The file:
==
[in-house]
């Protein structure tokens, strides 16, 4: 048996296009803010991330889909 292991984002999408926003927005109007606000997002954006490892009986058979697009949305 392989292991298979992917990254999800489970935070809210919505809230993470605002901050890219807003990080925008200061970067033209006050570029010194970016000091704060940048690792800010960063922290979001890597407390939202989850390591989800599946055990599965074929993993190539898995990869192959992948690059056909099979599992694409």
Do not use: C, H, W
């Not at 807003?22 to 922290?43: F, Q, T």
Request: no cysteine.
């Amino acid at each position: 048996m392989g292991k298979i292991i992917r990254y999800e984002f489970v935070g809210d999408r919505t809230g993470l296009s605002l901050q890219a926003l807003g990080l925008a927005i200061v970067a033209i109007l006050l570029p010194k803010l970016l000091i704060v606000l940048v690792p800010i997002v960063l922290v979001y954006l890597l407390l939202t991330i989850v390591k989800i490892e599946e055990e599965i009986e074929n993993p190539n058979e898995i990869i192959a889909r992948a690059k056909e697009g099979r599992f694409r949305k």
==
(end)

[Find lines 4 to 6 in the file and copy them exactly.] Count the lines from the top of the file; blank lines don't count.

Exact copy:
């Not at 807003?22 to 922290?43: F, Q, T």
Request: no cysteine.
């Amino acid at each position: 048996m392989g292991k298979i292991i992917r990254y999800e984002f489970v935070g809210d999408r919505t809230g993470l296009s605002l901050q890219a926003l807003g990080l925008a927005i200061v970067a033209i109007l006050l570029p010194k803010l970016l000091i704060v606000l940048v690792p800010i997002v960063l922290v979001y954006l890597l407390l939202t991330i989850v390591k989800i490892e599946e055990e599965i009986e074929n993993p190539n058979e898995i990869i192959a889909r992948a690059k056909e697009g099979r599992f694409r949305k």